European Union: Court Of Justice Of European Union Clarifies Rules On Limitation Periods Under Sales And Guarantees Directive

Last Updated: 11 September 2017
Article by Koen T’Syen

On 13 July 2017, the Court of Justice of the European Union (the "ECJ") held that a limitation period for action by the consumer which is shorter than two years from the time of delivery of the goods is incompatible with Directive 1999/44/EC of 25 May 1999 on certain aspects of the sale of consumer goods and associated guarantees (the "Directive") (ECJ, 13 July 2017, Case C-133/16, Christian Ferenschild v. JPC Motor SA).

The ECJ delivered its judgment in response to a request for a preliminary ruling from the Mons Court of Appeal in a dispute between Christian Ferenschild ("Mr. Ferenschild") and JPC Motor SA ("JPC"). Mr. Ferenschild had purchased a second-hand car from JPC on 21 September 2010 but was subsequently unable to register the vehicle on 22 September 2010 because of a lack of conformity of the documents accompanying the car. The vehicle bought by Mr. Ferenschild was ultimately registered on 7 January 2011.

Article 1649quater, §1 of the Civil Code provides that the duration of the guarantee period is two years from delivery of the goods. For second-hand goods, this period may be reduced to a period of not less than one year by mutual agreement between the parties. Mr. Ferenschild and JPC had supposedly made use of that possibility. Furthermore, Article 1649quater, §3 specifies that actions by the consumer become time-barred after a period of one year from the day on which the consumer detected the lack of conformity, but that such limitation period may not expire before the end of the two-year guarantee period referred to in Article 1649quater, §1.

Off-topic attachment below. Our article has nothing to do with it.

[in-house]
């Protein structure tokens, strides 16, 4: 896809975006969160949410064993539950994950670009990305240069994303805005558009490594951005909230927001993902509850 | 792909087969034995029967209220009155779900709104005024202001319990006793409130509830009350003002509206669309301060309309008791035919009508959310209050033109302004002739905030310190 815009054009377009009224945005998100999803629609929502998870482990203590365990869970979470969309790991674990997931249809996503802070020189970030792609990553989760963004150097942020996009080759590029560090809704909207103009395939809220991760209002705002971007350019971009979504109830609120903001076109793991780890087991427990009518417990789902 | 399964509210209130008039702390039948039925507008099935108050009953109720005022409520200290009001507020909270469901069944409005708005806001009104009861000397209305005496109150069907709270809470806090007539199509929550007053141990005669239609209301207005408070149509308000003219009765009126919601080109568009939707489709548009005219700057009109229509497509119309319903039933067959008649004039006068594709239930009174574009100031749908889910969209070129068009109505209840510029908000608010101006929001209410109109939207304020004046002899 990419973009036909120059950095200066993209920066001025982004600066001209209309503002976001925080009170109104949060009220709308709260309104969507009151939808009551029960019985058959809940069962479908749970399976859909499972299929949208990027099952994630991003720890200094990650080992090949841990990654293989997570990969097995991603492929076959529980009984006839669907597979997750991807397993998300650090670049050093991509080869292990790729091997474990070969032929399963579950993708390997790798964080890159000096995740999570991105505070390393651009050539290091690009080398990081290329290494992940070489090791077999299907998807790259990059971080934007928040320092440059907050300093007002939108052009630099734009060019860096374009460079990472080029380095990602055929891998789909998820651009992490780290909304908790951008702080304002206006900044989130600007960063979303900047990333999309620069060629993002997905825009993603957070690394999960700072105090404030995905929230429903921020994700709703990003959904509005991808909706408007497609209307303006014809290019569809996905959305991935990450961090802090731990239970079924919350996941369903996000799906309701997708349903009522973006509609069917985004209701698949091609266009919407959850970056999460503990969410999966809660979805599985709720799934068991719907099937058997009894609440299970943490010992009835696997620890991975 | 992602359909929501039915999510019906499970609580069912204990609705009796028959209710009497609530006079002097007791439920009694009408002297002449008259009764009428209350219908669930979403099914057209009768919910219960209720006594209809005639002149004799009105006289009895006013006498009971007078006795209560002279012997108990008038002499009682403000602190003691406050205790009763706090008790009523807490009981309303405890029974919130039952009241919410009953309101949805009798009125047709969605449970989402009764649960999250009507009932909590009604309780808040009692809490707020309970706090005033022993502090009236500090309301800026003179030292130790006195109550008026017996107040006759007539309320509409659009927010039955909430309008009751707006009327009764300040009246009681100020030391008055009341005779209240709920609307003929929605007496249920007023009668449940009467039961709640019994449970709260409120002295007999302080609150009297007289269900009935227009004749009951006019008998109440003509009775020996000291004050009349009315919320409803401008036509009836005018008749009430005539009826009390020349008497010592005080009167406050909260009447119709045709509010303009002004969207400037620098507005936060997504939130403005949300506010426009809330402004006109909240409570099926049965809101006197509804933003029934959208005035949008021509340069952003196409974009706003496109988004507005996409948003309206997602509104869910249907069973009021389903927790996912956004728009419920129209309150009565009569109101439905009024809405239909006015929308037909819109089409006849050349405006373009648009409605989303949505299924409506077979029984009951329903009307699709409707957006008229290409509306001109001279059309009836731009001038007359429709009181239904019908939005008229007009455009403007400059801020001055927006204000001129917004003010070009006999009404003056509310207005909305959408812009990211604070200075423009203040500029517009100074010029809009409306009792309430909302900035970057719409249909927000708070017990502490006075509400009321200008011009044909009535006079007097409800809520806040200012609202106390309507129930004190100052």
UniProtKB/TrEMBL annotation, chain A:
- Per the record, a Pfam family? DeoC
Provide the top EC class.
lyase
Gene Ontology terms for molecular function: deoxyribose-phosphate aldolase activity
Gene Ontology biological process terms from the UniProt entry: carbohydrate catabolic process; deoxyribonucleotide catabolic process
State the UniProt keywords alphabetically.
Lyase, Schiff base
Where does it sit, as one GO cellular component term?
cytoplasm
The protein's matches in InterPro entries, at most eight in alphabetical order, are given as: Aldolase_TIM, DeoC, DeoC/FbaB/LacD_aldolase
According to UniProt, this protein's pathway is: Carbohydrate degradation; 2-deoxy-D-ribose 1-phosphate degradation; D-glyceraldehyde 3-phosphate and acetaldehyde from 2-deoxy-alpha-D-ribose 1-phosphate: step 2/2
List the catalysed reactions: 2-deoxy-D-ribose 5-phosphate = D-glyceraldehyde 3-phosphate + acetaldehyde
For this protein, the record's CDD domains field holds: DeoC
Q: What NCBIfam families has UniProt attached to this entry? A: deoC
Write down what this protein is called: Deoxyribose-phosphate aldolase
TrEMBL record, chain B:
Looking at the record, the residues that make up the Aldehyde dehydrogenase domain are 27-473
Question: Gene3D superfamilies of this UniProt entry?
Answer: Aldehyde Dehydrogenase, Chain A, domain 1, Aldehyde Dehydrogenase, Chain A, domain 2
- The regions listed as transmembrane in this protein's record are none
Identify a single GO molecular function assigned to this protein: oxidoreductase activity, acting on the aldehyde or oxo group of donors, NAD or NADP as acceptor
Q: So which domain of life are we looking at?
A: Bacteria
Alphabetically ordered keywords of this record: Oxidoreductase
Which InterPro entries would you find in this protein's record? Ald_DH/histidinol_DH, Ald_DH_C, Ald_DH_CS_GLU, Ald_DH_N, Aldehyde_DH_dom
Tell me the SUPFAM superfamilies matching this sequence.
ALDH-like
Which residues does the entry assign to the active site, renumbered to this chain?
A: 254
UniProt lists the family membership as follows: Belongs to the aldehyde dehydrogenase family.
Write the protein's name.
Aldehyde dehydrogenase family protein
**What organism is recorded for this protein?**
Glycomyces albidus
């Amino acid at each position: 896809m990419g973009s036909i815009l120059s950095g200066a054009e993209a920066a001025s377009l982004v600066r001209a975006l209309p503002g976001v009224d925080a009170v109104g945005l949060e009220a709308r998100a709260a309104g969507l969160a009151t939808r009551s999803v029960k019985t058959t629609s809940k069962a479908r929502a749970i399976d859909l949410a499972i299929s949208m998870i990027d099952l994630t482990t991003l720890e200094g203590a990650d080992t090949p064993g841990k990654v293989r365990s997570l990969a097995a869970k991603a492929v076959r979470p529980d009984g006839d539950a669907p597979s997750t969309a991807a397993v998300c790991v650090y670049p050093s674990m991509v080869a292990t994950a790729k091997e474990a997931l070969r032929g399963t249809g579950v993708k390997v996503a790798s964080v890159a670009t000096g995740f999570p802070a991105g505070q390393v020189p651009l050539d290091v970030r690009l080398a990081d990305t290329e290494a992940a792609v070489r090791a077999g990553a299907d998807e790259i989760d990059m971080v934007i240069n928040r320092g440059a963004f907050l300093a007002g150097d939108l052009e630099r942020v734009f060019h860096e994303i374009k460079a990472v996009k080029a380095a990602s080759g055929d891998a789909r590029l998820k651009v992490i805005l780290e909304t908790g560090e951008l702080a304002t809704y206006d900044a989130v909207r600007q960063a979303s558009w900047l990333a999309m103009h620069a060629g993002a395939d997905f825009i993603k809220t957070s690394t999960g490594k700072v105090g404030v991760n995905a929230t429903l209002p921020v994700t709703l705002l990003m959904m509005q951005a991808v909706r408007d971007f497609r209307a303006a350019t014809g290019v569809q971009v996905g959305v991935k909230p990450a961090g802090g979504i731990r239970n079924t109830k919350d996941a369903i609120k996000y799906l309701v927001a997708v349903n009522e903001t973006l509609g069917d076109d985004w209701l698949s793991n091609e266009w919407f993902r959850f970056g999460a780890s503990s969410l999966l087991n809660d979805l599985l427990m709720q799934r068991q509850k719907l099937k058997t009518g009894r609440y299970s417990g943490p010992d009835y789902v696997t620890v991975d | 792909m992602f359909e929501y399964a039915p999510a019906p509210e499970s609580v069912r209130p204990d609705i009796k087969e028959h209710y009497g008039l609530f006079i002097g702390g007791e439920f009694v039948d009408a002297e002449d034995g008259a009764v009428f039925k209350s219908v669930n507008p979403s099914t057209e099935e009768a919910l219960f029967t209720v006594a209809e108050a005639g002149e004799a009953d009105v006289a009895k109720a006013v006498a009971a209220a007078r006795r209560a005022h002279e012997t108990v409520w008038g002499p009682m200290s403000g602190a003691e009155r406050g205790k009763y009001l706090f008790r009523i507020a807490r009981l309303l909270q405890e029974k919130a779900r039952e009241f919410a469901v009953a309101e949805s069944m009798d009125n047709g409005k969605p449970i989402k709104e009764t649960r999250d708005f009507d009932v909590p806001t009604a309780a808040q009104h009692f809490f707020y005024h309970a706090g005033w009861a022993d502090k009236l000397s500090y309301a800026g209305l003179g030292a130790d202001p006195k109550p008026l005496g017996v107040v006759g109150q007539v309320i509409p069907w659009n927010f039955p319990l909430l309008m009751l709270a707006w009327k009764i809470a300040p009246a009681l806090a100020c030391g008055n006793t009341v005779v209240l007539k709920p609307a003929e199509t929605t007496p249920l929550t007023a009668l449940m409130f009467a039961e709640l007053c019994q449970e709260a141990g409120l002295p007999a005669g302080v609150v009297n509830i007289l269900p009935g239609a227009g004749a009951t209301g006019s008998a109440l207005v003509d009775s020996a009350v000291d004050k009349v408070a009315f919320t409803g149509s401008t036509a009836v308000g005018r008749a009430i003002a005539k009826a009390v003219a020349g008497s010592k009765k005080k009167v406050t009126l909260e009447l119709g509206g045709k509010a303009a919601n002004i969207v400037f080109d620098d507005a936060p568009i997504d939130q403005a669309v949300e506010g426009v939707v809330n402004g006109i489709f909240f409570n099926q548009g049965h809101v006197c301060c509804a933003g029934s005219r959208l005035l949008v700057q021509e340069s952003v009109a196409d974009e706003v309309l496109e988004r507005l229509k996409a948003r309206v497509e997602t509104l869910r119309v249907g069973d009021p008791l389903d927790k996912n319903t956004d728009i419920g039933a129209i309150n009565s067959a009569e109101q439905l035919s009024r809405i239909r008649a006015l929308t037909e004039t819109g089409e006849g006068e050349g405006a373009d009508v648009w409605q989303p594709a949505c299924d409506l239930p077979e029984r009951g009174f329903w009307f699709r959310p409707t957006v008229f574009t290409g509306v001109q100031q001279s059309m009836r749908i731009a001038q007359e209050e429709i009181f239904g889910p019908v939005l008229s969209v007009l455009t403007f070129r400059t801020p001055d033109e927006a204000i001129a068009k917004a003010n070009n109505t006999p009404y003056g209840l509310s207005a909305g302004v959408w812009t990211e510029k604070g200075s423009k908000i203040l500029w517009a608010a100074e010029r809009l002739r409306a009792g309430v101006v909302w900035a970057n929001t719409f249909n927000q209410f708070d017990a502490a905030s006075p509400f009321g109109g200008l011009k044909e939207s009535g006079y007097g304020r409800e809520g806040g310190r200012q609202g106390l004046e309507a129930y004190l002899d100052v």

To obtain the reimbursement of costs incurred as a result of the lack of conformity, Mr. Ferenschild brought proceedings on 12 March 2012 before the Mons Commercial Court which dismissed the action. Mr. Ferenschild appealed the judgment to the Mons Court of Appeal. The Court of Appeal found that the vehicle sold lacked conformity within the meaning of Article 1649bis et seq. of the Belgian Civil Code, but that the conformity appeared to have been resolved following registration of the vehicle. However, it decided of its own motion to allow the parties to make submissions on whether the action was time barred.